I play a cleric alright ... a cleric of Talos. Deity-based clerics get a full range of interesting spell and weapon choices. In our current campaign, I play a human cleric of Talos, and have NO healing spells at all. The druid does the healing, or an NPC sent along by the DM, or the wizard who's into alchemy (healing potion, anyone?) Not the best arrangement, but FUN. Picture a caster in full armor, with the weapon of his deity (javelin +1 electric, in my case) who can heal, but can also cast boffo offensive magic. 3d8 harm touch? Yes, please! It's all about the roleplay. Pick a deity you'd like to cleric for, and have fun. Annoy the party, annoy the DM. Have a ball. I do! ;^)ReplyDelete
I like 3.5 clerics for one reason only: domains. You could pick strength and luck and beat the shit out of the monsters, but otherwise you could only turn undead or/and pick water and fire so you could turn more. But, once again, gone with spells YOUR GONE. When i play clerics i play either luck+strength or strength+war. Otherwise, i hate clericsReplyDelete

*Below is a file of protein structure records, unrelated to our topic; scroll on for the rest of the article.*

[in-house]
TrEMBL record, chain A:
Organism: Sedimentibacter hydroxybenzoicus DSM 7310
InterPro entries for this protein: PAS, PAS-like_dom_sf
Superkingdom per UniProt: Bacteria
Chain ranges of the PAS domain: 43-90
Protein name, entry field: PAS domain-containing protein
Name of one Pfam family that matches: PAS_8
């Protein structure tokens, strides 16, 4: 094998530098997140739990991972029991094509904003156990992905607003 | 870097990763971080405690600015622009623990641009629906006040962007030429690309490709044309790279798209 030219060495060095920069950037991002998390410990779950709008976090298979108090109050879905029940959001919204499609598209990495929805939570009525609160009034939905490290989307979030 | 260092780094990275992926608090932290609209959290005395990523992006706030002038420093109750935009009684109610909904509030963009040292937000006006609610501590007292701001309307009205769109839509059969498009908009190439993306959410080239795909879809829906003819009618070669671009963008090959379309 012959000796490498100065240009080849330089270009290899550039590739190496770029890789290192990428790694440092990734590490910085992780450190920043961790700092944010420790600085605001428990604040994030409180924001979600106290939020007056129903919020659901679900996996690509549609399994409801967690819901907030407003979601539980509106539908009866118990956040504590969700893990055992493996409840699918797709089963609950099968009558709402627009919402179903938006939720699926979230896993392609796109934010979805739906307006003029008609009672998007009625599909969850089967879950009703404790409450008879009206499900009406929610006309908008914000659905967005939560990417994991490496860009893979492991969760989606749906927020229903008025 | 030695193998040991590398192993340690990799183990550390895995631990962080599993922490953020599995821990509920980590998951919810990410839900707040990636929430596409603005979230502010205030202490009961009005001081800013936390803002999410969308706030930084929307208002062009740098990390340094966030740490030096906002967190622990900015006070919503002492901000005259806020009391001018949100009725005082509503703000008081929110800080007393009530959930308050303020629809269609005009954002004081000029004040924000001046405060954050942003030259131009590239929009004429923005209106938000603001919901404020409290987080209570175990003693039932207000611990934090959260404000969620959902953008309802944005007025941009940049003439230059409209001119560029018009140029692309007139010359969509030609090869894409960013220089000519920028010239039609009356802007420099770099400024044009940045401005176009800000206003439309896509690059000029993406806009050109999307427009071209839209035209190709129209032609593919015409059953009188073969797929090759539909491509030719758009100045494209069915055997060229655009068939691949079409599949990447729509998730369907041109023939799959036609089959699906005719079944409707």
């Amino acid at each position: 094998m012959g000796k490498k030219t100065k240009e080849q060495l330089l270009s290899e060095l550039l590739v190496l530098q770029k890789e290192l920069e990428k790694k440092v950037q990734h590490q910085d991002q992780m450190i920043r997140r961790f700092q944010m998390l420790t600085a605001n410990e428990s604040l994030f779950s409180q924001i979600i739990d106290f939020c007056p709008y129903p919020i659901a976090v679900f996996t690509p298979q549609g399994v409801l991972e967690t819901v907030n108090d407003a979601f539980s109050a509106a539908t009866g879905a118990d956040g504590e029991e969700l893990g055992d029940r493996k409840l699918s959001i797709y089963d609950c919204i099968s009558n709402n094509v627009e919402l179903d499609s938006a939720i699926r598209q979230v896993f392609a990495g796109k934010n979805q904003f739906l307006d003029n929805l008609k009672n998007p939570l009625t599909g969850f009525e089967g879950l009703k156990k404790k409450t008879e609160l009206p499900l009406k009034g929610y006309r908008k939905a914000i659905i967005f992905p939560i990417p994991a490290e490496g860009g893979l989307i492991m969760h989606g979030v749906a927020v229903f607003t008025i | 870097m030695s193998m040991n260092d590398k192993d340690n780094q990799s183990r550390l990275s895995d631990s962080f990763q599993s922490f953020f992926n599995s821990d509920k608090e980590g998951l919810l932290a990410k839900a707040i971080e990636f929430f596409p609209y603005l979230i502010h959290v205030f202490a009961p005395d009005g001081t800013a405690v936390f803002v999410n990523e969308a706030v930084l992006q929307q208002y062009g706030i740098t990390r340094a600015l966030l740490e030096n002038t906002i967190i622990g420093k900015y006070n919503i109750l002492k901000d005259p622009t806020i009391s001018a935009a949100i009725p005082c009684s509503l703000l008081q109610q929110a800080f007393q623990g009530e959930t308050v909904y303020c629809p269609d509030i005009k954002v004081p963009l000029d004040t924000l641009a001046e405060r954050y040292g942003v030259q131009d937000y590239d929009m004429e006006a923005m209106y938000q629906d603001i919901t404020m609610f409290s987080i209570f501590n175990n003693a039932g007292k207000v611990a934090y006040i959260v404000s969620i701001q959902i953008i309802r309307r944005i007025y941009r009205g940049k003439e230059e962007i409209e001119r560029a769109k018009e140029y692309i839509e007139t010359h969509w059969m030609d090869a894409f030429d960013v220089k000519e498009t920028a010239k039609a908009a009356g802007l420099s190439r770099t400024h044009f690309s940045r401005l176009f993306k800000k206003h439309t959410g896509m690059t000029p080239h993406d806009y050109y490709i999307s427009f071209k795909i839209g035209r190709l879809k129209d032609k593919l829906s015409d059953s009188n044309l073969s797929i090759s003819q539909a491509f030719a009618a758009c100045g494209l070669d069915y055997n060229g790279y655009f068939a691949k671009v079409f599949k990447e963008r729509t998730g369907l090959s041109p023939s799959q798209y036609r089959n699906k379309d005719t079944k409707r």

I had a cleric in nwn1 (directly 3.0 based).. and I LOVED it.. I chose the healing and magic domains given and it gave me this defensive tank that simply could not be hit or dealt damage effectively till she healed herself. I used improved expertise and with an insane number of healing and 'heal' spells, my level 10 cleric/fighter moon elf character won a battle that lasted for 2 hours with an orog ranger level 16. The cleric is supreme on low magic servers and caimpaigns, and are by far one of the best if you plan on solo'ing a battle by yourself. Being an elf the cleric also automatically knows how to use swords, and being a cleric fighter combo makes them fairly good in combat. I love defense, and I love the idea of fighting hordes of other characters that rival my usually rebelious attitude, and still coming out ontop. So yes, the cleric is awesome, and by far the choice if you plan on solo'ing a caimpaign. 4th edition does however, suck.. just play pathfinder, 3.5, or 2.0.. or.. make your own.ReplyDelete